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A Purgatory, such as fear'd Hell is
NOT E s.
To be particular in them would require the invention of that great Writer, or, what would be fill more useful, the patience of his readers. I shall therefore confine myself to our own Island; where we have no need to fear a scarcity of slaughter. It is observed, by our politer neighbours, that we delight in blood; and have our killing Heroes of every species : no wonder then that our Schools hould be full of murders like our Stage. Who has not heard how Milton flew Salmafius? and how Charles the first, though a King, condefcended, with equal arms, to give the death's wound to Henderson? In our own times, Locke New Bishop Stillingfeet; and still later, Clarke, without a sufficient reason, dispatched the philosopher Leibnitz. The last, yet not the leat confiderable of these scenes of Naugher, was the fall of Pope under the conquering hand of Cibber : which truly, I regard in no other light than a decisive victory obtained by Profe over Poetry.
I just before took notice of one difference in this species of Murder from all others, that we have not observed it to be pursued either by divine or civil justice: There is yet another, which is, that these Murders walk the town, to use Milton's expression, without even the slender attendance of a G'oft. It is true, that this fingularity seems but the consequence of the other; for when neither divine nor civil justice will take notice of the crime, of what use is a Ghost? who has ever been understood as the harbinger to quicken the re. fentment of the one, and to denounce the coming vengeance of the other. In a word, all these unhappy victims of literary rage, for ought I could ever learn, may be truly said to have given up the choft, and to have slept very quietly with their Fathers.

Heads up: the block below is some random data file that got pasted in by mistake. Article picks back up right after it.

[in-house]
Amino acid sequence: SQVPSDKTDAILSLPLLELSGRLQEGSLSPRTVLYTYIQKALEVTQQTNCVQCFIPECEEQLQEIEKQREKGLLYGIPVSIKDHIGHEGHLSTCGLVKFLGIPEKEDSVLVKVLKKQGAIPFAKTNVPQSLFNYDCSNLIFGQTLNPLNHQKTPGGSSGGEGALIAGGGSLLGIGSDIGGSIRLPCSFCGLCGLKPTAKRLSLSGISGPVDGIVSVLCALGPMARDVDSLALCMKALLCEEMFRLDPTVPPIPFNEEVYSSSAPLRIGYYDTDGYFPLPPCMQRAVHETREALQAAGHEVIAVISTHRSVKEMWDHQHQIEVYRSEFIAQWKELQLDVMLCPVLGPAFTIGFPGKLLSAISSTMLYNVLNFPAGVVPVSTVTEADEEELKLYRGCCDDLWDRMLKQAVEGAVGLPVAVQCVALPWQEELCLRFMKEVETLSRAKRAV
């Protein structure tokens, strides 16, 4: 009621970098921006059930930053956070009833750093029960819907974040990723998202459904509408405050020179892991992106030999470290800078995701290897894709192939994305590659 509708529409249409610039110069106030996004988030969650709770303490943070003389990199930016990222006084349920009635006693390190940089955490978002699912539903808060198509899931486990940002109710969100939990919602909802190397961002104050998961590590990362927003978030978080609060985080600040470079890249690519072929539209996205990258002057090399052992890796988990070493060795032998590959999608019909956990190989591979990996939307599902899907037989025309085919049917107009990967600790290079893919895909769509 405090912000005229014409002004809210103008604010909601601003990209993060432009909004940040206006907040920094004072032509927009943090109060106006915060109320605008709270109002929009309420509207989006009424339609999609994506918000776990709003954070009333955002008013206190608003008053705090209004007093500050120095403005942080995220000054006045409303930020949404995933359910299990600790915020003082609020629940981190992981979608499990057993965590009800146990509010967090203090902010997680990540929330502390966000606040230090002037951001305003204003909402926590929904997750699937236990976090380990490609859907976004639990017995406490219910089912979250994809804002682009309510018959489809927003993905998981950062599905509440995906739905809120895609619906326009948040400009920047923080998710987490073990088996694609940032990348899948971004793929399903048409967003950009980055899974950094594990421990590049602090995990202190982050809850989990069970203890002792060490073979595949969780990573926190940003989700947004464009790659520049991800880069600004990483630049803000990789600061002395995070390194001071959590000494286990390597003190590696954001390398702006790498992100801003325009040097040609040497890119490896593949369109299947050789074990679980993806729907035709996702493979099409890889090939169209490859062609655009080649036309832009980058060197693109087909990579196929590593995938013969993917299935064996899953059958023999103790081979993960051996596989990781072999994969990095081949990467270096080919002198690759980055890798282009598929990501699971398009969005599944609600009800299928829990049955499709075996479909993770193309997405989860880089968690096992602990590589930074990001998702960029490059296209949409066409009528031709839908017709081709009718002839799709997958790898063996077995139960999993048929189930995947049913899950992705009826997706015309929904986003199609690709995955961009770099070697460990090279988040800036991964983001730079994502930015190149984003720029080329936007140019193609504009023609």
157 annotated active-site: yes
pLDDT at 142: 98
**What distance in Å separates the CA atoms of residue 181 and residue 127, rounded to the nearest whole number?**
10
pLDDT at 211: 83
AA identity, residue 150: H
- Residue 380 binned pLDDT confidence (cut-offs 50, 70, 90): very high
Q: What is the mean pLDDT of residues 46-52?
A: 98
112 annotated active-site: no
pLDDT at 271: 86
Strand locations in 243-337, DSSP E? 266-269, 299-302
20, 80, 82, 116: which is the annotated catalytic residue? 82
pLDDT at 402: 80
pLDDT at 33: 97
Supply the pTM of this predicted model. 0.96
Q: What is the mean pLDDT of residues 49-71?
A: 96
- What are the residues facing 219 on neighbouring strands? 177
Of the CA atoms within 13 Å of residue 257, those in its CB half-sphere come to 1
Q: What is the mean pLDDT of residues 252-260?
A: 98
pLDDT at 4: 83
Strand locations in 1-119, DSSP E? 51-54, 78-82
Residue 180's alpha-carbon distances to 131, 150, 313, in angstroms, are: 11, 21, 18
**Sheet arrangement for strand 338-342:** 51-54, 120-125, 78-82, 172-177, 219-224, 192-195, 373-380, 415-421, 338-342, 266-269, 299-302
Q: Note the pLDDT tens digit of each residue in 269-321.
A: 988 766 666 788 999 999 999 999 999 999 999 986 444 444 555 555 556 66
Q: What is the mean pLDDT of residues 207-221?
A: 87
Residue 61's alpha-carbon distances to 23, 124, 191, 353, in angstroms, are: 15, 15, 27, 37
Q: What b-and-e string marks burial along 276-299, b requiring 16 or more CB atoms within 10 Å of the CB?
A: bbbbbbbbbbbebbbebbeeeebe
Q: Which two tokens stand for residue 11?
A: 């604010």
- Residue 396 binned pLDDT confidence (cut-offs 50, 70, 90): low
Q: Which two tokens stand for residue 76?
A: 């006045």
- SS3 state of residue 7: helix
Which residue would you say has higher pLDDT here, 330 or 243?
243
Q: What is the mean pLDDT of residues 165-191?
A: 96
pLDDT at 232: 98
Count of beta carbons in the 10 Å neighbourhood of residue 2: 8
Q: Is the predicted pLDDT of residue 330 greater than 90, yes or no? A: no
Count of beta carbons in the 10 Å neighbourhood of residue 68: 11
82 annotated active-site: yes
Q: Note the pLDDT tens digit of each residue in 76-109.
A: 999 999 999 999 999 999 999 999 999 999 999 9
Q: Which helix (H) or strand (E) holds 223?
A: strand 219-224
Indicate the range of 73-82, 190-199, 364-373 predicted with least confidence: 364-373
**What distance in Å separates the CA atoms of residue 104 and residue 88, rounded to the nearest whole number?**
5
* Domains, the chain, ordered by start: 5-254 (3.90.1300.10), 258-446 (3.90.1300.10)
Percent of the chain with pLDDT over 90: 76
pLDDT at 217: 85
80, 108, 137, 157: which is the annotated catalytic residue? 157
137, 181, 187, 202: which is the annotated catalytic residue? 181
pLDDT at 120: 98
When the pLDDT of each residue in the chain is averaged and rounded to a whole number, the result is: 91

To this perhaps it may be objected, That it is well known some of them have risen again ; and to the infinite vexation of their Murderers. This is not to be denied : but then it is as true, that these were not properly Ghosts
I've had my Purgatory here betimes,
5 And paid for all my fatires, all my
rhimes. The Poet's hell, its tortures, fiends, and flames, To this were trifles, toys and empty names.
NOT E s. but only what the French call, Revenans. To explain myself. Cardan, as unsubstantial and as difficult to be laid hold on as a School Subt.ly, had been so hacked and mangled by Julius Cæsar Scaliger, that he expired under his pen. Julius, in the preface to his next book, had the fingular humanity to wcep. over the ashes of his slaughtered enemy, and to curse the fatal stroke which had deprived the world of fo incomparable a man. But what was his surprise, when six years afterwards he heard all Italy resounding with the praises of their returning Hero; who, to prove himself alive, had just published a new piece of Philosophy. Not Banquo's Ghost,
“ With twenty mortal murders on his Crown," could more affray the bloody-minded Macbeth, than did this appearance of his Rival disorder our victorious Prince of Verona, so unexpectedly pushed again from his fool of Science.
Another instance was nearer home. The learned Bickerstaffe had pronounced the death of Partridge the Almanacmaker; who deceased accordingly: Bnt having been long well with the Stars, he was allowed, and accordingly took the advantage to come back with them, in their annual revolutions; though in no very good humour, as you may well suppose, with his murderer. But it was truly edifying to see with what temper that rare Schwlar bore the seeming impeachment of his art, under all the insults of an incensed Philoma'h, double dipt both in Styx and Lethe. He answered